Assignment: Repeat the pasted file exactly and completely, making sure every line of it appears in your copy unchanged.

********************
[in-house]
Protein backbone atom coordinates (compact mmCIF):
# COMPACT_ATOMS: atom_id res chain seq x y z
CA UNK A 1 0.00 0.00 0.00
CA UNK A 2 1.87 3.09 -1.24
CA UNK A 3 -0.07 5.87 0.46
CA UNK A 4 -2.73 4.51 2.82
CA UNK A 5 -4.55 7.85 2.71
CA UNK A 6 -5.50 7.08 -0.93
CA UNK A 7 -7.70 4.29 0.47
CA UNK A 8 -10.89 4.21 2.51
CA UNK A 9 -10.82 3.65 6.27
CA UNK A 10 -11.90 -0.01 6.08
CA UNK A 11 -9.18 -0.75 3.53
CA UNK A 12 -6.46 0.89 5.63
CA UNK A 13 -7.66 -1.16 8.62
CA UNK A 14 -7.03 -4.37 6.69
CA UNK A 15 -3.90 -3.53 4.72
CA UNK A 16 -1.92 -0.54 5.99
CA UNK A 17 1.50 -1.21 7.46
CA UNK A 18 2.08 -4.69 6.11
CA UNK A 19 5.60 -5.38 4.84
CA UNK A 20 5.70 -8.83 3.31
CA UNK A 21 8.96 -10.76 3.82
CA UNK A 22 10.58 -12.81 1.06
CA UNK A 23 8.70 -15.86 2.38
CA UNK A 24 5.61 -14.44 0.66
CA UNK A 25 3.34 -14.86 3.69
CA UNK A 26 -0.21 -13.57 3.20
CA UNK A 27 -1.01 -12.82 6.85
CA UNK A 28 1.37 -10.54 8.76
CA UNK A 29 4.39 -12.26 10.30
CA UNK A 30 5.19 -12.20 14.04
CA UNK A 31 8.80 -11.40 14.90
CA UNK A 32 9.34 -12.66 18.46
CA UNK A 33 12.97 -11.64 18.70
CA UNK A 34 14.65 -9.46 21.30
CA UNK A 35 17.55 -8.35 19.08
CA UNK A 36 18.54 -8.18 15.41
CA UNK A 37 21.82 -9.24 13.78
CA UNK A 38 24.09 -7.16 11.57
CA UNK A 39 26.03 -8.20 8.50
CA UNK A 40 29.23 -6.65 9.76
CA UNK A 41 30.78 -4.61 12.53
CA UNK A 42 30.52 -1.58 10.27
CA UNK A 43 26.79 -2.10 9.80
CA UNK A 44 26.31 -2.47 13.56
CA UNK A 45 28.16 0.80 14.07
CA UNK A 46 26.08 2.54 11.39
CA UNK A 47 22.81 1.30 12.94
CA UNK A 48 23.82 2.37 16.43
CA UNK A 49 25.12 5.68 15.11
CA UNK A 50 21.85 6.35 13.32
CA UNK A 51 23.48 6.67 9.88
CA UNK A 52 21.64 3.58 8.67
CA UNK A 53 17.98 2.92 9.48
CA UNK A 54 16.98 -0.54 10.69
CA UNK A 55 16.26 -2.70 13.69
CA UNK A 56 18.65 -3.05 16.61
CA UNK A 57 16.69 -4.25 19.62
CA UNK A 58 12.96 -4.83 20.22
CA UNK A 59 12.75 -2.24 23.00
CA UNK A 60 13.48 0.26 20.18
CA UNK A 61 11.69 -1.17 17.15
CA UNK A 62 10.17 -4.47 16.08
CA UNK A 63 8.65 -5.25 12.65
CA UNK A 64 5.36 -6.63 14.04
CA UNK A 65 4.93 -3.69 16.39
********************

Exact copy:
[in-house]
Protein backbone atom coordinates (compact mmCIF):
# COMPACT_ATOMS: atom_id res chain seq x y z
CA UNK A 1 0.00 0.00 0.00
CA UNK A 2 1.87 3.09 -1.24
CA UNK A 3 -0.07 5.87 0.46
CA UNK A 4 -2.73 4.51 2.82
CA UNK A 5 -4.55 7.85 2.71
CA UNK A 6 -5.50 7.08 -0.93
CA UNK A 7 -7.70 4.29 0.47
CA UNK A 8 -10.89 4.21 2.51
CA UNK A 9 -10.82 3.65 6.27
CA UNK A 10 -11.90 -0.01 6.08
CA UNK A 11 -9.18 -0.75 3.53
CA UNK A 12 -6.46 0.89 5.63
CA UNK A 13 -7.66 -1.16 8.62
CA UNK A 14 -7.03 -4.37 6.69
CA UNK A 15 -3.90 -3.53 4.72
CA UNK A 16 -1.92 -0.54 5.99
CA UNK A 17 1.50 -1.21 7.46
CA UNK A 18 2.08 -4.69 6.11
CA UNK A 19 5.60 -5.38 4.84
CA UNK A 20 5.70 -8.83 3.31
CA UNK A 21 8.96 -10.76 3.82
CA UNK A 22 10.58 -12.81 1.06
CA UNK A 23 8.70 -15.86 2.38
CA UNK A 24 5.61 -14.44 0.66
CA UNK A 25 3.34 -14.86 3.69
CA UNK A 26 -0.21 -13.57 3.20
CA UNK A 27 -1.01 -12.82 6.85
CA UNK A 28 1.37 -10.54 8.76
CA UNK A 29 4.39 -12.26 10.30
CA UNK A 30 5.19 -12.20 14.04
CA UNK A 31 8.80 -11.40 14.90
CA UNK A 32 9.34 -12.66 18.46
CA UNK A 33 12.97 -11.64 18.70
CA UNK A 34 14.65 -9.46 21.30
CA UNK A 35 17.55 -8.35 19.08
CA UNK A 36 18.54 -8.18 15.41
CA UNK A 37 21.82 -9.24 13.78
CA UNK A 38 24.09 -7.16 11.57
CA UNK A 39 26.03 -8.20 8.50
CA UNK A 40 29.23 -6.65 9.76
CA UNK A 41 30.78 -4.61 12.53
CA UNK A 42 30.52 -1.58 10.27
CA UNK A 43 26.79 -2.10 9.80
CA UNK A 44 26.31 -2.47 13.56
CA UNK A 45 28.16 0.80 14.07
CA UNK A 46 26.08 2.54 11.39
CA UNK A 47 22.81 1.30 12.94
CA UNK A 48 23.82 2.37 16.43
CA UNK A 49 25.12 5.68 15.11
CA UNK A 50 21.85 6.35 13.32
CA UNK A 51 23.48 6.67 9.88
CA UNK A 52 21.64 3.58 8.67
CA UNK A 53 17.98 2.92 9.48
CA UNK A 54 16.98 -0.54 10.69
CA UNK A 55 16.26 -2.70 13.69
CA UNK A 56 18.65 -3.05 16.61
CA UNK A 57 16.69 -4.25 19.62
CA UNK A 58 12.96 -4.83 20.22
CA UNK A 59 12.75 -2.24 23.00
CA UNK A 60 13.48 0.26 20.18
CA UNK A 61 11.69 -1.17 17.15
CA UNK A 62 10.17 -4.47 16.08
CA UNK A 63 8.65 -5.25 12.65
CA UNK A 64 5.36 -6.63 14.04
CA UNK A 65 4.93 -3.69 16.39